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  1. #1
    Senior Member
    Join Date
    Jan 2008
    Location
    Western NC
    Posts
    137

    Default trophyline tree saddle

    Anybody ever use one? The concept seems sound, but I wonder about pressure on one's feet from the steps. My only "experience" with them was a conversation with a guy at Bass Pro whose boss had one and didn't like it.

  2. #2

    Smile I have one

    I have one. I like it. Is it as comfortable as a hang on or climber. no. Is it hard on feet it can be but you can take the weight off by lengthing the strap around the tree. It is safer than hang ons or climbers

    I like it because I can put steps in all kinds of trees and leave them year to year and come back and not worry about a tree stand that is missing. I also like it because I can hunt more places that have smaller diameter trees. Pegs are easy to put in a tree and you can still use climbing sticks if you like.

    You won't need as many stands if you are like me, I like to set stands for as many different wind directions as I have places for.

    It is good for scouting an area. If you are up a tree in a saddle 18 to 20 ft, deer don't seem to bust you as much.

    If you are looking to sit longer than 4-5 hours it isn't the stand to use for an all day sit. I set hang ons for places I think I will sit all day.

  3. #3
    Senior Member
    Join Date
    Jan 2008
    Location
    Buckley, Michigan
    Posts
    671

    Default

    John Eberhart has experience to share on his web sight. Look for deer-john. net. I use mine more than hang on stands now. I can hunt all day in mine if I choose a tree with a crotch. I can hunt standing in the crotch and lean against one side, or the other to relieve the stress points as needed. Other than that, I last about 8 hours, max. If you're not in decent shape, or really overweight, I wouldn't recomend it. I ride a mountain bike and X-country ski in the off season, and I also do squats, cut firewood, and a variety of other activities. Good leg strength is a must for me to enjoy hunting the way I like, anyway. If there's a MC Sports near you, check them out before you buy one. They have the Ambush Saddle on sale for $129 in my area.

  4. #4
    Old Archer
    Join Date
    Dec 2007
    Location
    Ypsilanti, Mi
    Posts
    337

    Default I Have The Pro Model!

    I sold then for several years at the Big C, Sherry Green the President of Trophline was very generous in sending me one at no charge because of my high sales and special orders for the product. If you go to there web site it will show you how to use the saddle as its called around the industry. You can adjust the strap so you are upright or in more of a seating position, so you can easily take pressure of your feet at anytime. This Company is based in Georgia, here in Michigan we can no longer screw steps in trees on State and Federal lands. The system uses several tree steps to get to the desired Hunting height. Then you screw in four at that desired height to create a 360 degree pivot point, allowing you shots from any side of the tree your in. I have used it alot on Private land here in Michigan incorporating there step system. And you right if you like to hang lots of stands, and use screw in steps, the Tree Saddle is a big help. Also to note the straps used on this product are of the same that are used on Our Military Aircraft ejection seats,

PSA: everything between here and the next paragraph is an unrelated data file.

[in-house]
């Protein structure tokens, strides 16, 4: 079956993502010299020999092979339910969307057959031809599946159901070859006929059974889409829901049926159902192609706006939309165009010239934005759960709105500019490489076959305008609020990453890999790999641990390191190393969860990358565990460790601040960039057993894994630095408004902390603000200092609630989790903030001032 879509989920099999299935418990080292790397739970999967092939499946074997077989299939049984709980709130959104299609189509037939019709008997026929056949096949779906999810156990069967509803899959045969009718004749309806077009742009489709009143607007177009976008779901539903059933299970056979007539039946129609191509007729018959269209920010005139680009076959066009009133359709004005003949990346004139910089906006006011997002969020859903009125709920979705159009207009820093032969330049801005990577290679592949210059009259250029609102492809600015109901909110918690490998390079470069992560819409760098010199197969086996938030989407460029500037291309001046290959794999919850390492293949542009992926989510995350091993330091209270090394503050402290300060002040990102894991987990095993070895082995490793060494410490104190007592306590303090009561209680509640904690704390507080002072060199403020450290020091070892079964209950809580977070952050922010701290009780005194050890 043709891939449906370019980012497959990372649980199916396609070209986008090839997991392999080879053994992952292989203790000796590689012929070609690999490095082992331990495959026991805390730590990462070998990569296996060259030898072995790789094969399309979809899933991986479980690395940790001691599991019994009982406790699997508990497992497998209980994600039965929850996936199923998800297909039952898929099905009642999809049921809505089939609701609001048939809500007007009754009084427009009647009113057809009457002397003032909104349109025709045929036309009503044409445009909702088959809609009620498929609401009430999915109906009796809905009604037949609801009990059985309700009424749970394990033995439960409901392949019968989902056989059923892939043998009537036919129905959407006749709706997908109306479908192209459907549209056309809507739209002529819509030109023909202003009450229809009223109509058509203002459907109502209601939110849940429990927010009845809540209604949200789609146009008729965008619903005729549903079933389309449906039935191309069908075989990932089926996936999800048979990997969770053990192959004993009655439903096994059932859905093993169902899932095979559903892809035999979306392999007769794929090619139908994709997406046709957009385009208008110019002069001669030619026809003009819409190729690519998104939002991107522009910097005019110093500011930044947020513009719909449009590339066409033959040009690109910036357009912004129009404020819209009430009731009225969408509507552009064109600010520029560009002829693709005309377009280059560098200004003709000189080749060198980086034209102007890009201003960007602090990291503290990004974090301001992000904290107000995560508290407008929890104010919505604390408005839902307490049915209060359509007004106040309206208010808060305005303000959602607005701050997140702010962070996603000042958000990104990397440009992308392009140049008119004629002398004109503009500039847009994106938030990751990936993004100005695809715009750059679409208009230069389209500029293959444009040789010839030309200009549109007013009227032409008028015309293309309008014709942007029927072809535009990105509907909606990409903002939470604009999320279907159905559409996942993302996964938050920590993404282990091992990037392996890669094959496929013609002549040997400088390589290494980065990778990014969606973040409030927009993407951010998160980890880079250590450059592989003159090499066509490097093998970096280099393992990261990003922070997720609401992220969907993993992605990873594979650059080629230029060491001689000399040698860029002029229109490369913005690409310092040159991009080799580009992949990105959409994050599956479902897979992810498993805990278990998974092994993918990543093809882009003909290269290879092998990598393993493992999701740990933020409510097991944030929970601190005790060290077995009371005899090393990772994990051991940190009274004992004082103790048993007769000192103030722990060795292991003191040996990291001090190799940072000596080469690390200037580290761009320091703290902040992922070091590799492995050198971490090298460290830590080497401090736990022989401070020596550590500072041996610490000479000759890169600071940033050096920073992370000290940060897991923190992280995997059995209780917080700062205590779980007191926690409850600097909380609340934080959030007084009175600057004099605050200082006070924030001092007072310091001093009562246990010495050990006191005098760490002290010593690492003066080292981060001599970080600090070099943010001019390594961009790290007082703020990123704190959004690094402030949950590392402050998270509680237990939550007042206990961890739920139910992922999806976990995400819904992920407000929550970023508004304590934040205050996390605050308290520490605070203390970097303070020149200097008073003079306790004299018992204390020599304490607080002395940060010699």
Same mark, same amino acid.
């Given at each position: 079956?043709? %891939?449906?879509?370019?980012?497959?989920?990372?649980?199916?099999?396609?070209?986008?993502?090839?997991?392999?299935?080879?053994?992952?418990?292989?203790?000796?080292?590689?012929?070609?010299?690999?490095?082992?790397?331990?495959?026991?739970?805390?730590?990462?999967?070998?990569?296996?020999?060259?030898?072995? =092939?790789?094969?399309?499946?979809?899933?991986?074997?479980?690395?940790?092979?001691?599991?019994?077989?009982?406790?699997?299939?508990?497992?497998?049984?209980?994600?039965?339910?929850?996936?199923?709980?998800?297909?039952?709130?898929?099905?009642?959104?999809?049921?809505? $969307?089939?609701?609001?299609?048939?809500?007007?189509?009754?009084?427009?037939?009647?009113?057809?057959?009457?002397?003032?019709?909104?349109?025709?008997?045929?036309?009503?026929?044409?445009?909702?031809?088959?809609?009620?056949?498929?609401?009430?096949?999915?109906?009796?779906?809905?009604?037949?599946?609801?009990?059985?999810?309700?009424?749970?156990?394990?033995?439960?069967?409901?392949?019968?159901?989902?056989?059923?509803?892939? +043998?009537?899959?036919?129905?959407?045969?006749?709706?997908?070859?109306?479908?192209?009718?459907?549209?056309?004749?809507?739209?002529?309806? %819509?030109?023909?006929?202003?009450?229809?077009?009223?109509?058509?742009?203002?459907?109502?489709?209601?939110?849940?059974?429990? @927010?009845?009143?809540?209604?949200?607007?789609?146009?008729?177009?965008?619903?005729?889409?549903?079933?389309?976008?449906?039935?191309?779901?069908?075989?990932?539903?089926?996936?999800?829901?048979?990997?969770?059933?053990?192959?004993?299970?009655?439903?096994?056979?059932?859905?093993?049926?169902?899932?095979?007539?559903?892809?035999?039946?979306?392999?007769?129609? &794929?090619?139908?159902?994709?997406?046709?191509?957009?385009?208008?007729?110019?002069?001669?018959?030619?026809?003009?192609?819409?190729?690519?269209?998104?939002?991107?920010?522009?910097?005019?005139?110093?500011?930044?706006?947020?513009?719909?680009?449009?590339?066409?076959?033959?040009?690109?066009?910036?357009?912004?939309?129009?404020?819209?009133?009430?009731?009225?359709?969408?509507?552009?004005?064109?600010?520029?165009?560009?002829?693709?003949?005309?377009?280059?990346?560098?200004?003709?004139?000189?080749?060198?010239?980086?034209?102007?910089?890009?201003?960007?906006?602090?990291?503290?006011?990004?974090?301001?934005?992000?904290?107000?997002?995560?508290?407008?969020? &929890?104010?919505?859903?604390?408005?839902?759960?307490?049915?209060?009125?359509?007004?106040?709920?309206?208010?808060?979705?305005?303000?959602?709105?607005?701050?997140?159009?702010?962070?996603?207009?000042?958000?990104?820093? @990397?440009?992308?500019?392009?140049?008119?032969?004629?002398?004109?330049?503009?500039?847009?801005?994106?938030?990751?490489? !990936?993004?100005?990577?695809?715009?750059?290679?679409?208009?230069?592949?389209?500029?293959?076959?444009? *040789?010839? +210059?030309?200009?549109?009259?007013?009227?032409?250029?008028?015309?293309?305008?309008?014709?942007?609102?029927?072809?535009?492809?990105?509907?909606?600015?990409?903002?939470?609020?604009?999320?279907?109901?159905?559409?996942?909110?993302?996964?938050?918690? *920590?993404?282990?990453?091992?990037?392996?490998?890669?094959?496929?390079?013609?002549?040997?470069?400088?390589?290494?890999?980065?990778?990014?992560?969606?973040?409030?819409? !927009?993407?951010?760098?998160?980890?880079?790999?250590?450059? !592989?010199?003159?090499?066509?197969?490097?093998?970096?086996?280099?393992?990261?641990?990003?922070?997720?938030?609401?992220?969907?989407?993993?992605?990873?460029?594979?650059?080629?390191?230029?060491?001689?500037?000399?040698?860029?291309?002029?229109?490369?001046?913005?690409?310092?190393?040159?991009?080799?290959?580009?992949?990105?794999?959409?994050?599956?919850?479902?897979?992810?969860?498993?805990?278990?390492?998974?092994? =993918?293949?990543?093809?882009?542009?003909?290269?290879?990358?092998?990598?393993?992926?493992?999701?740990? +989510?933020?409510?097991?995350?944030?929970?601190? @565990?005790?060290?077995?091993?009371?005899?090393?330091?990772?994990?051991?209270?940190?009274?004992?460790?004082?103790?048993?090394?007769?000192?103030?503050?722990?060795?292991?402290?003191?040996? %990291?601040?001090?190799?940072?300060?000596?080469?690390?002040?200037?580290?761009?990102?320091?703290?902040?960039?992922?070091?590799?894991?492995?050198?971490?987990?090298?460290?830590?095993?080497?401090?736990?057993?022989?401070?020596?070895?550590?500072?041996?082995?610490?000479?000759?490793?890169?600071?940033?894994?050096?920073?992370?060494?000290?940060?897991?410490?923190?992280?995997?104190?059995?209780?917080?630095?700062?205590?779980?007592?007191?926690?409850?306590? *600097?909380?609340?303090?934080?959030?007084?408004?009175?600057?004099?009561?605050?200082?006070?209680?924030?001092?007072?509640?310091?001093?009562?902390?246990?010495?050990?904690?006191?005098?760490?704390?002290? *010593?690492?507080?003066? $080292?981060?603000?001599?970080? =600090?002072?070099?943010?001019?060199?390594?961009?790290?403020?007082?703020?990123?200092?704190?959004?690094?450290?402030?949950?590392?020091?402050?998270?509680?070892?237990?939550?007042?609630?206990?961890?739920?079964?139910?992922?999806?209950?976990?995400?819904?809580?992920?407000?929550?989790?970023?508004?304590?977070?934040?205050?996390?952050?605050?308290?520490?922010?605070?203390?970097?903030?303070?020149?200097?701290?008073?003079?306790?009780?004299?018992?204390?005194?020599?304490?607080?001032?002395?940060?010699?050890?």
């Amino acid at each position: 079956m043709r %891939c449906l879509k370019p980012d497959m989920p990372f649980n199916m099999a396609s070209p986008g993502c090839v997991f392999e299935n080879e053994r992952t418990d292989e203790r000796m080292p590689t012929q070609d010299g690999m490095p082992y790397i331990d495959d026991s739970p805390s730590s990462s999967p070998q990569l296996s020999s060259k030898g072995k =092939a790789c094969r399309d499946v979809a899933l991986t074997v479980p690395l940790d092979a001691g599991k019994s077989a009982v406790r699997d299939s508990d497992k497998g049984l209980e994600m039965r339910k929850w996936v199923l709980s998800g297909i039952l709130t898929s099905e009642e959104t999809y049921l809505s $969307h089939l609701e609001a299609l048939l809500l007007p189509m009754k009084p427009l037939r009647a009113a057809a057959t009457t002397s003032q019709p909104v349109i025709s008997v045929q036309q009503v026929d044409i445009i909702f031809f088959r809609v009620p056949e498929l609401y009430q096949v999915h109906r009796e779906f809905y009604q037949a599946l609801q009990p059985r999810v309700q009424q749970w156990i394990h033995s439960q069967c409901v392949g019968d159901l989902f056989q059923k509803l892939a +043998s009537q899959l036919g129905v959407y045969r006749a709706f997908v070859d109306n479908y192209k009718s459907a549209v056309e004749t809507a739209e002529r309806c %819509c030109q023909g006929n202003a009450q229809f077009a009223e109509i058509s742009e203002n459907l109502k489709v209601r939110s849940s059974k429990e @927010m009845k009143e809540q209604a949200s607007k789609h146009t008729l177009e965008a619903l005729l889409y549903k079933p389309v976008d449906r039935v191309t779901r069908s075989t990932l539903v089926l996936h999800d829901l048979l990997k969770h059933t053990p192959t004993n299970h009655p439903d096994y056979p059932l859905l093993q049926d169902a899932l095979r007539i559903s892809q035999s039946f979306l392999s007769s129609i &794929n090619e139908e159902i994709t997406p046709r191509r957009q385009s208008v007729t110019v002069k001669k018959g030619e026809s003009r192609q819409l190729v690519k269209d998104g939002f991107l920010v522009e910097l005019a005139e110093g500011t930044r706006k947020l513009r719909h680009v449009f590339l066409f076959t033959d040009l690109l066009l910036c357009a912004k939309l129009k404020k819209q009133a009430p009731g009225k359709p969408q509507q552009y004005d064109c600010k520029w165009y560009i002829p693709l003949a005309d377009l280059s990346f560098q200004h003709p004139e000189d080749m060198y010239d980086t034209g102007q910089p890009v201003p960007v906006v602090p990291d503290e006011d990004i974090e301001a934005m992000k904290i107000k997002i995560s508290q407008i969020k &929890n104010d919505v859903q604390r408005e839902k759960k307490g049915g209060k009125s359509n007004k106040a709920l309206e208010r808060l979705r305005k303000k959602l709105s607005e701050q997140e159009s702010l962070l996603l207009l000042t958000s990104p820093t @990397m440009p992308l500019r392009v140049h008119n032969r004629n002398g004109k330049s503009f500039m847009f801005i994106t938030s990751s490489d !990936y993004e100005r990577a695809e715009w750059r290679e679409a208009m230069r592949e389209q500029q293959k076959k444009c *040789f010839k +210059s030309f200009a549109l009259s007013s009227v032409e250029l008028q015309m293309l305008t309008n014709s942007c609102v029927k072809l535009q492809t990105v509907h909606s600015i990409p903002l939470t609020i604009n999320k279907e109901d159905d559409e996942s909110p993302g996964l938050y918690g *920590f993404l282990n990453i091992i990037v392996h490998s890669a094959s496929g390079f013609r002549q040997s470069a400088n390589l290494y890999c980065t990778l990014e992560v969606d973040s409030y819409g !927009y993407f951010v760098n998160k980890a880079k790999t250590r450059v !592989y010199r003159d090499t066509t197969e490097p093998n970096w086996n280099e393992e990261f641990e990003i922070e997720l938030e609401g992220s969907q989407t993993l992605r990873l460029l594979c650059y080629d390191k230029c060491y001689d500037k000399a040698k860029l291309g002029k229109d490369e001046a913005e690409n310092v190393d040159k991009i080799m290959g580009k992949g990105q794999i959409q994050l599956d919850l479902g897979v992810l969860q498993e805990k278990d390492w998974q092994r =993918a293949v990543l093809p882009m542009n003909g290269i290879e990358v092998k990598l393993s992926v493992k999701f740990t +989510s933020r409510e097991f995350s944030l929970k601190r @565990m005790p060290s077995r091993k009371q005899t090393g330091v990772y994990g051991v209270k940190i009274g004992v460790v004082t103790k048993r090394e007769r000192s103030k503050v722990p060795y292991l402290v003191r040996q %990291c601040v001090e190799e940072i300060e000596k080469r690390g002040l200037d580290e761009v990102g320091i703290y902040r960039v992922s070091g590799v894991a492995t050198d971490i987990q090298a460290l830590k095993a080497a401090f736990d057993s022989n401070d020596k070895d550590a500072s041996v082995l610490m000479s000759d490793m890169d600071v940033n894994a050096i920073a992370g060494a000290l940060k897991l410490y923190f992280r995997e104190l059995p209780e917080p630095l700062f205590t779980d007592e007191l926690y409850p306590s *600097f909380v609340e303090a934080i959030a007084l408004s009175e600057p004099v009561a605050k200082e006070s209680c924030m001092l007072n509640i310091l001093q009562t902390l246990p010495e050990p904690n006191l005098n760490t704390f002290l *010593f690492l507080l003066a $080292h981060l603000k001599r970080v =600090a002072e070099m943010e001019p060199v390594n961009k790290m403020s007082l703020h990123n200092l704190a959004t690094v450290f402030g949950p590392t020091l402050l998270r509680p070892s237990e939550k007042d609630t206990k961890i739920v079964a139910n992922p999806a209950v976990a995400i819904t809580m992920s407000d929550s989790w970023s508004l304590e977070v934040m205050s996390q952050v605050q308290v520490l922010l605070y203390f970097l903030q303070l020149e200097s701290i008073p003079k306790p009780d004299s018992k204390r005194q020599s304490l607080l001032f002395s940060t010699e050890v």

and the same contrator does the sewing. Very safe Very Strong!

    www.trophylineusa.com
    09 Mathews Reezen, Tru Ball releases and Sights, Gold Tip Arrows, Slick Tricks, Limb Saver Equipment, John Deere, Polaris Ranger, Big Game and Summit stands. And doing all that is possible to protect and preserve our Hunting Heritage.

  5. #5
    Senior Member
    Join Date
    Jan 2008
    Location
    Western NC
    Posts
    137

    Default How many steps?

    I'm pretty sure I'm gonna try one, if not this season, certainly next. If I'm figuring it right at this early hour, I'd need 10 steps to get me up about 15 feet and 4 at the top. Sound about right?

    I saw some strap-on steps on Bass Pro's website. They're not cheap, about $10 each, as opposed to $3 for screw-ins. In fact, BPS has a kit that includes 12 steps, 2 gear hangers, and a pull-up rope for about $40. Pretty good deal, and some good upper body exercise.

  6. #6
    Senior Member
    Join Date
    Jan 2008
    Location
    Buckley, Michigan
    Posts
    671

    Default

    Depending on body type, the steps can be spaced 18" to 24" apart, or more if you're limber and wear loose clothing. I like to hunt high, 22' min., and up to 30' or more. Once I get above 22', I seem to be out of the deer's peripheral vision, and I can get away with more movement and noise. I carry at least 20 steps and this seems to get me high enough with a few left over in most cases. If you're going to hunt at 15', I suggest choosing a tree that has good cover.

  7. #7
    Old Archer
    Join Date
    Dec 2007
    Location
    Ypsilanti, Mi
    Posts
    337

    Default Ditto

    I would agree!
    09 Mathews Reezen, Tru Ball releases and Sights, Gold Tip Arrows, Slick Tricks, Limb Saver Equipment, John Deere, Polaris Ranger, Big Game and Summit stands. And doing all that is possible to protect and preserve our Hunting Heritage.

  8. #8
    Senior Member
    Join Date
    Jan 2008
    Location
    Western NC
    Posts
    137

    Default How high

    In north GA and western NC it's mostly hardwoods, since the paper companies have clearcut a lot of the softwoods (it's an ugly thing to see), so 15' usually puts you right up in the branches. Any higher and you can't see squat.

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